“We must build communities that are based on our common humanity. Societies that value and celebrate racial and ethnic diversity reflect a true democracy,” said Demos President K. Sabeel Rahman. “In an inclusive democracy, there is no place for structural racism –  like segregation, inequitable access to services, discriminatory laws and lack of economic opportunities. The National Day of Racial Healing reminds us all to continue to have honest conversations, push for bold action and to champion transformative ideas that lead to lasting change.”

“Hundreds of thousands of grandparents, mothers and fathers, caregivers, students and others are working without pay while navigating in a country deeply divided along racial and political lines,” said the Rev. Alvin Herring, executive director of Faith in Action. “In an atmosphere that is increasingly hostile to children, persons with disabilities, religious minorities, gender non-conforming peoples, people of color and undocumented immigrants, we are working to create a nation where all can thrive. The National Day of Racial Healing is about developing actionable initiatives that topple the divides separating the American people.”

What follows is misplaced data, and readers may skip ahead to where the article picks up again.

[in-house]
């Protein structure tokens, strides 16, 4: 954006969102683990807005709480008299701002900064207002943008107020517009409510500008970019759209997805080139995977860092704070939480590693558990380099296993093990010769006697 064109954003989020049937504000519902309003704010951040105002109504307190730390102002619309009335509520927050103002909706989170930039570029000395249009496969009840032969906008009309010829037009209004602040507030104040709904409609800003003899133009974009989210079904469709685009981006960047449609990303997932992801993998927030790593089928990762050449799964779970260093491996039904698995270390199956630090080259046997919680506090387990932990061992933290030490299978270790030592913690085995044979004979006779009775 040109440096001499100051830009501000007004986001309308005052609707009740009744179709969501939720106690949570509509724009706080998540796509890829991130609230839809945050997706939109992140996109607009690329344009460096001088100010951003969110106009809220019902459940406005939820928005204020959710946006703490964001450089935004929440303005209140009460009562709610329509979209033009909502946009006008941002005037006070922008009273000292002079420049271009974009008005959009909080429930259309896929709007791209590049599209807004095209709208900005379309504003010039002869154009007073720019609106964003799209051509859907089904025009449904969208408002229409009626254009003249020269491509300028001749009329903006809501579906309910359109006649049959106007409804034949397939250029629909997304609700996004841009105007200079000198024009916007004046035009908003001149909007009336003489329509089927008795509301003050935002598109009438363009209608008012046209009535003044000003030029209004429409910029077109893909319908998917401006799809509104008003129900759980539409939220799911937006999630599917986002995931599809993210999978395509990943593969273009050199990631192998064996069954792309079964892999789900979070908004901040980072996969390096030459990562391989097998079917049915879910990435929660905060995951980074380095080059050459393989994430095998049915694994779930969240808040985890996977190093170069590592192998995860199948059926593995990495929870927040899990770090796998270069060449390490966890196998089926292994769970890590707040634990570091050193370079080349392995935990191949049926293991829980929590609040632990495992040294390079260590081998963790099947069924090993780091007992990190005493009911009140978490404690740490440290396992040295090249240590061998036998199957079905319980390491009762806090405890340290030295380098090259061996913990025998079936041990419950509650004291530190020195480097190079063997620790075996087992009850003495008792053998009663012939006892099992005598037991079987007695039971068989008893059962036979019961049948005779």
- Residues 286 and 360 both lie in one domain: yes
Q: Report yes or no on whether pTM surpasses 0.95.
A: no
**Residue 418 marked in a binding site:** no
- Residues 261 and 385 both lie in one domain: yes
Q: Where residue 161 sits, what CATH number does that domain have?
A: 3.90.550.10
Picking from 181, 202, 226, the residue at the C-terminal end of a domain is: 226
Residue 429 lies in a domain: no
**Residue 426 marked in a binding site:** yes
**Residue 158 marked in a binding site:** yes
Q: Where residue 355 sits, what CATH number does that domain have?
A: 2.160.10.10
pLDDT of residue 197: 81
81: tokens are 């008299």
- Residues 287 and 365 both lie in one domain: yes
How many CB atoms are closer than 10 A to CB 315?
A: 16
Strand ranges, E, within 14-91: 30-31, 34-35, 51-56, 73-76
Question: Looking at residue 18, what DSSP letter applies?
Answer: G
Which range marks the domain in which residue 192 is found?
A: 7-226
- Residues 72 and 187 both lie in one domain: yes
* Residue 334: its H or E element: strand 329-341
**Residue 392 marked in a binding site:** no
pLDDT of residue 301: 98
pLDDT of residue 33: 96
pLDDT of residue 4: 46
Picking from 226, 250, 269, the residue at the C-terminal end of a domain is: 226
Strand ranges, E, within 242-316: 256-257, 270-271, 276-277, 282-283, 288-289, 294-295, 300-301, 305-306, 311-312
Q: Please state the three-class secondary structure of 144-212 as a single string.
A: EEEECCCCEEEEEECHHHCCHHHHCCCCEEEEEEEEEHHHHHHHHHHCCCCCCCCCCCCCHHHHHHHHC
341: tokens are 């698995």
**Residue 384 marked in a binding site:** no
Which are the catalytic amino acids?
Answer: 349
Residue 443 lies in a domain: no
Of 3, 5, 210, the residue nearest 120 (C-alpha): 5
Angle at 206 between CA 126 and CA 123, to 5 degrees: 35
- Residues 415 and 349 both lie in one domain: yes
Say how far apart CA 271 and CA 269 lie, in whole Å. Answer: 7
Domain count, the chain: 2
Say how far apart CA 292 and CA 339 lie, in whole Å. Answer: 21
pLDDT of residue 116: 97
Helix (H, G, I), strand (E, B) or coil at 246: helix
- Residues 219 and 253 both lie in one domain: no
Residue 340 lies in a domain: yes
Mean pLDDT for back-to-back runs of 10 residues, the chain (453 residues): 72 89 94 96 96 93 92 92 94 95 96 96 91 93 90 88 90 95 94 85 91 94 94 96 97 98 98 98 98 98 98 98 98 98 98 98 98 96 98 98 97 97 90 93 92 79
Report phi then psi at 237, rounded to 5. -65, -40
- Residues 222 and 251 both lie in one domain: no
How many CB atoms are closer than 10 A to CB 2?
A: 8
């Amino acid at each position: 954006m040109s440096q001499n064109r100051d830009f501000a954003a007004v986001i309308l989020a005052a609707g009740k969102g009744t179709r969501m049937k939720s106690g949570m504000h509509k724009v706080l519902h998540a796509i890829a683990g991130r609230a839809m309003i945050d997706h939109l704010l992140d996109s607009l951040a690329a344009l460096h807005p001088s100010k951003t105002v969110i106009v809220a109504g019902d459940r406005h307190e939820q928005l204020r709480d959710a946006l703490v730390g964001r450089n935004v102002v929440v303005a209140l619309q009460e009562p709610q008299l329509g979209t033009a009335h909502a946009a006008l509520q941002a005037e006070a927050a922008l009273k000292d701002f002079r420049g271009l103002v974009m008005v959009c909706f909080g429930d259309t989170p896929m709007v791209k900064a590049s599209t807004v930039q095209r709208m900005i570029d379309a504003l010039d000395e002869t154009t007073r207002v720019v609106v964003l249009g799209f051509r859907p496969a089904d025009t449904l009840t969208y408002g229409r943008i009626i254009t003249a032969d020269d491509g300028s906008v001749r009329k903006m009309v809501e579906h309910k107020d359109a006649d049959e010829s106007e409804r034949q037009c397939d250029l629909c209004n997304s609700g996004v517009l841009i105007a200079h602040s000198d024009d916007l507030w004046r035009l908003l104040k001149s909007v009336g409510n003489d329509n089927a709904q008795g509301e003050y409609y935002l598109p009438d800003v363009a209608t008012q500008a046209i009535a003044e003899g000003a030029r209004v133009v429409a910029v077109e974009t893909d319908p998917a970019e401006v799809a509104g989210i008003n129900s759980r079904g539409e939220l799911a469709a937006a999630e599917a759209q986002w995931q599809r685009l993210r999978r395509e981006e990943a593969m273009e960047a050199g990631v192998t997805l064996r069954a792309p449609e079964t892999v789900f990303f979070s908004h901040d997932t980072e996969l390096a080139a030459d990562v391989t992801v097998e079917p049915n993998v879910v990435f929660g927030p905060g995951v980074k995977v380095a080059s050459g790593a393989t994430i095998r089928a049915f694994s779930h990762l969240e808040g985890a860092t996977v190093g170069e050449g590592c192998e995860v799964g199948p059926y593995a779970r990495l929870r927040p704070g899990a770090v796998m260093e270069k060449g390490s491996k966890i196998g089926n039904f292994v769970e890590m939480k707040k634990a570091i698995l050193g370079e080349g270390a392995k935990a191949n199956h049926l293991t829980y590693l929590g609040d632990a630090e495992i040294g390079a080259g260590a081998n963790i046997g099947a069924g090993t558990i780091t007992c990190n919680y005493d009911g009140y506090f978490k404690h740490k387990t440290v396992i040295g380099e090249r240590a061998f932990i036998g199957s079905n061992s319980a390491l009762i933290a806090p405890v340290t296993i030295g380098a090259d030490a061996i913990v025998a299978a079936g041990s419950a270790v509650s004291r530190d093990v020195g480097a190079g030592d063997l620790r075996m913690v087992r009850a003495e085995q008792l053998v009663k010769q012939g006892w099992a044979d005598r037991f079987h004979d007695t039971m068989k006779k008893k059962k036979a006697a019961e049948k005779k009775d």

“The need to recognize and respect the humanity of all of our fellow Americans is more critical than ever to the future of our nation,” said NAACP President and CEO Derrick Johnson. “Although this administration did not create racism, the vitriolic, divisive rhetoric and raw emotions raging throughout the past few years pulled the scab off a persistent wound in the American psyche, bringing the issue of race front and center and exposing the divides in our society. For these challenges, America needs a new reality, grounded in racial healing so that the work of ending racial disparities can boldly move forward and all children have opportunities to succeed. It is time to focus our energy, resources and discourse on eliminating the false ideology of a hierarchy of human value so we can cultivate and grow what must be valued most: our common humanity.”